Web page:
by Sasha Banks
Nine years old. A humble offering of thick
braids and flat feet, I tell my grandmother
that I hate my father.
Shove the word off the cliff of my mouth
and watch it drop. The weight of the 'h'
slamming into the 't'. My grandmother's
face razors open a smirked hive of teeth.
A laugh splits
from her belly, circles its way
through twisting cigarette smoke.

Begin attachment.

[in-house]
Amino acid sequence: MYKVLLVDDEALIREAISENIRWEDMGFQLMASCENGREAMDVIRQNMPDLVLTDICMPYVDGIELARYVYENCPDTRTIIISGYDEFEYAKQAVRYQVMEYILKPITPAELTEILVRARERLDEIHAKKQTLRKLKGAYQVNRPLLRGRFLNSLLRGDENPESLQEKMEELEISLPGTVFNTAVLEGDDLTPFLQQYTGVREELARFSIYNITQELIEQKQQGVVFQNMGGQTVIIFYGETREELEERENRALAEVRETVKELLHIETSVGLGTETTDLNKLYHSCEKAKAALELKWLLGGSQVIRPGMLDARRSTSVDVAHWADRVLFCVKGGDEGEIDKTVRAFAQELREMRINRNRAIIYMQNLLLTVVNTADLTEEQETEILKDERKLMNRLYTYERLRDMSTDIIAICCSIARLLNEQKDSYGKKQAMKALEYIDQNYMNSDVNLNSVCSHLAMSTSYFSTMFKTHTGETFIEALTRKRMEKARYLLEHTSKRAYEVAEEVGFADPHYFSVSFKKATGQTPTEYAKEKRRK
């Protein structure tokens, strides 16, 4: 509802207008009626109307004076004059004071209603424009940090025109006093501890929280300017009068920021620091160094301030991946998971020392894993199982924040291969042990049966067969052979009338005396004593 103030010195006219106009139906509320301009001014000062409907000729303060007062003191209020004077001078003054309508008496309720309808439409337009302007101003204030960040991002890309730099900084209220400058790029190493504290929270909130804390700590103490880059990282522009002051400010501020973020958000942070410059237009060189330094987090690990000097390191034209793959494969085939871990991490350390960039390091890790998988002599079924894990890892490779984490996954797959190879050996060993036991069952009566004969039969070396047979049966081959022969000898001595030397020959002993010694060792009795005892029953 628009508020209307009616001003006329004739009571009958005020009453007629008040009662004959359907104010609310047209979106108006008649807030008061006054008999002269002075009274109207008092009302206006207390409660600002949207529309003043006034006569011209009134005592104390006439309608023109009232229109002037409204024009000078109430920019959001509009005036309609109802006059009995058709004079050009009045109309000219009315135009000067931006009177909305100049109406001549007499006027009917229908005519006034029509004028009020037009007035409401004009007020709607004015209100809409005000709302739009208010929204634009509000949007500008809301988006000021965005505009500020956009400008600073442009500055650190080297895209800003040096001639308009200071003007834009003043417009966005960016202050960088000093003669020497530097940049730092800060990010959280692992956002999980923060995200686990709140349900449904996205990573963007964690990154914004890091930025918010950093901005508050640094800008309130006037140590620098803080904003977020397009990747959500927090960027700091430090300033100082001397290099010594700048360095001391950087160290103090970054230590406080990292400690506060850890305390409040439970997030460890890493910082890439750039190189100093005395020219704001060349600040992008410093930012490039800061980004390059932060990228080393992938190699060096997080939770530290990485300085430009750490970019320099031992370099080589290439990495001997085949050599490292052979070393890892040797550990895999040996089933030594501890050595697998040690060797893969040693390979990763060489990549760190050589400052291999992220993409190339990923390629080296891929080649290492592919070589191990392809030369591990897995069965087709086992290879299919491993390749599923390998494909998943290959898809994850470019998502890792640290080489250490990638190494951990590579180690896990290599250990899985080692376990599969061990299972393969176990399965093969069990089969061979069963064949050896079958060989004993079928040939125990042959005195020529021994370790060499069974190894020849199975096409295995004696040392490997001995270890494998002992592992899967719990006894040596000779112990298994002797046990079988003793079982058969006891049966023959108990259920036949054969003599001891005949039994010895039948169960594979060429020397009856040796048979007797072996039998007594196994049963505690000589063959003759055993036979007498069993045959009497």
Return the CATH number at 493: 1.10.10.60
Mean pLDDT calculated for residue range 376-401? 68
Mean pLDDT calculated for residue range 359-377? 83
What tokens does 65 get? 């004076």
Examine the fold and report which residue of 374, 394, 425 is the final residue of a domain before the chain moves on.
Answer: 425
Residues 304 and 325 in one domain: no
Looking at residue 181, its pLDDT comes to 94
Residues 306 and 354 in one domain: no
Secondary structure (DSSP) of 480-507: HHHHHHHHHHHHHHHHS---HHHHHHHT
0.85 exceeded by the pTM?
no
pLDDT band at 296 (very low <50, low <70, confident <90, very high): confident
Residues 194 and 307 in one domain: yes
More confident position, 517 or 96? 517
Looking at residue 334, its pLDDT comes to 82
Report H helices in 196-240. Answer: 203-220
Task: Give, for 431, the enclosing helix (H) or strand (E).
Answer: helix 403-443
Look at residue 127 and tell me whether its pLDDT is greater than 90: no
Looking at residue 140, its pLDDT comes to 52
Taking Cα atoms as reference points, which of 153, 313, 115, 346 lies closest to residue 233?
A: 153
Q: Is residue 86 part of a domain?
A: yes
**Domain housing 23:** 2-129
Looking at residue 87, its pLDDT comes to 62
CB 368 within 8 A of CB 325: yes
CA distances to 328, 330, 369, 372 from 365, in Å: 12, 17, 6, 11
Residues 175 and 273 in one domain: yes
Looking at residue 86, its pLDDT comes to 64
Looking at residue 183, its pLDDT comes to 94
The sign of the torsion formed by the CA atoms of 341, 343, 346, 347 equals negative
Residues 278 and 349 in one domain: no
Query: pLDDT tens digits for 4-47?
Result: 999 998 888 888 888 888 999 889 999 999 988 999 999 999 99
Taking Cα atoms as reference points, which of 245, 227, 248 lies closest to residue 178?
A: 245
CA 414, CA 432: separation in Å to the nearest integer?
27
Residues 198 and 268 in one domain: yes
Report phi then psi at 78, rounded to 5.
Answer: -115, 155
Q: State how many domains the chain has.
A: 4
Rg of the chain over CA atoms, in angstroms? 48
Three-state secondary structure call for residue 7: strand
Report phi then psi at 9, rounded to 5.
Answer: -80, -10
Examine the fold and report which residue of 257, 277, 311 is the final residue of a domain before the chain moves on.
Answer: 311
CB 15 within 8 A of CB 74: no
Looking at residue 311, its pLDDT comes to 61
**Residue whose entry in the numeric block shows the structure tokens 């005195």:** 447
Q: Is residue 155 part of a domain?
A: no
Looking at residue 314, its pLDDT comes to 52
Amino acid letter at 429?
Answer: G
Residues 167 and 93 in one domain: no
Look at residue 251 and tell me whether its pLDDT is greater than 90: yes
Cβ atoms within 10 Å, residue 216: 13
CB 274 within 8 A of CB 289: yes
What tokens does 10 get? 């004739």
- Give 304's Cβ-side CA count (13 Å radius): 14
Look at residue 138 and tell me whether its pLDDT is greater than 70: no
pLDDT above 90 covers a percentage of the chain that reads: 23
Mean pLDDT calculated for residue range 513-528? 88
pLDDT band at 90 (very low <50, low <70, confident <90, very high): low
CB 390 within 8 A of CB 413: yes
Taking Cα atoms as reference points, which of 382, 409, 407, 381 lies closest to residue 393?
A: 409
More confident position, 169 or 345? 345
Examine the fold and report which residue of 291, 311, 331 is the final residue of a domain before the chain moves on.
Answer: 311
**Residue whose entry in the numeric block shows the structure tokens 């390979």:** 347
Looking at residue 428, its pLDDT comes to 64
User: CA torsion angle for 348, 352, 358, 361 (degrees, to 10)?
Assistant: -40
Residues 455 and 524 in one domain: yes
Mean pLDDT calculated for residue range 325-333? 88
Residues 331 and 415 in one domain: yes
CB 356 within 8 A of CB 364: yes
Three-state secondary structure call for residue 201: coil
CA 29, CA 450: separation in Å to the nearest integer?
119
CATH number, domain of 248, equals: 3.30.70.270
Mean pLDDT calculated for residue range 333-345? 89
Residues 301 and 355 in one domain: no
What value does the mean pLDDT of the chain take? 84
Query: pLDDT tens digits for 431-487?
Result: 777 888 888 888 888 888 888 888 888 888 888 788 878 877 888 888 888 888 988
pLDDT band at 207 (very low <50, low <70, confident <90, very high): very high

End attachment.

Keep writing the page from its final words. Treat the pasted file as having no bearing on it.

She stares at the word floating there,
between us. Doesn't shout for me
to pull it from the air and swallow it.
Or warn me to apologize
until my knuckles are a little softer,
My grandmother laughs at my hatred
like it is a cruel joke between friends,
told over cocktail music and
I am nine.
And maybe hatred is funny.
Maybe how easily it trickles its way
into small things is funny. Maybe
the way it pours itself into the shape
of nine year-old things
My grandmother laughs.
I throw my head back
and follow her lead.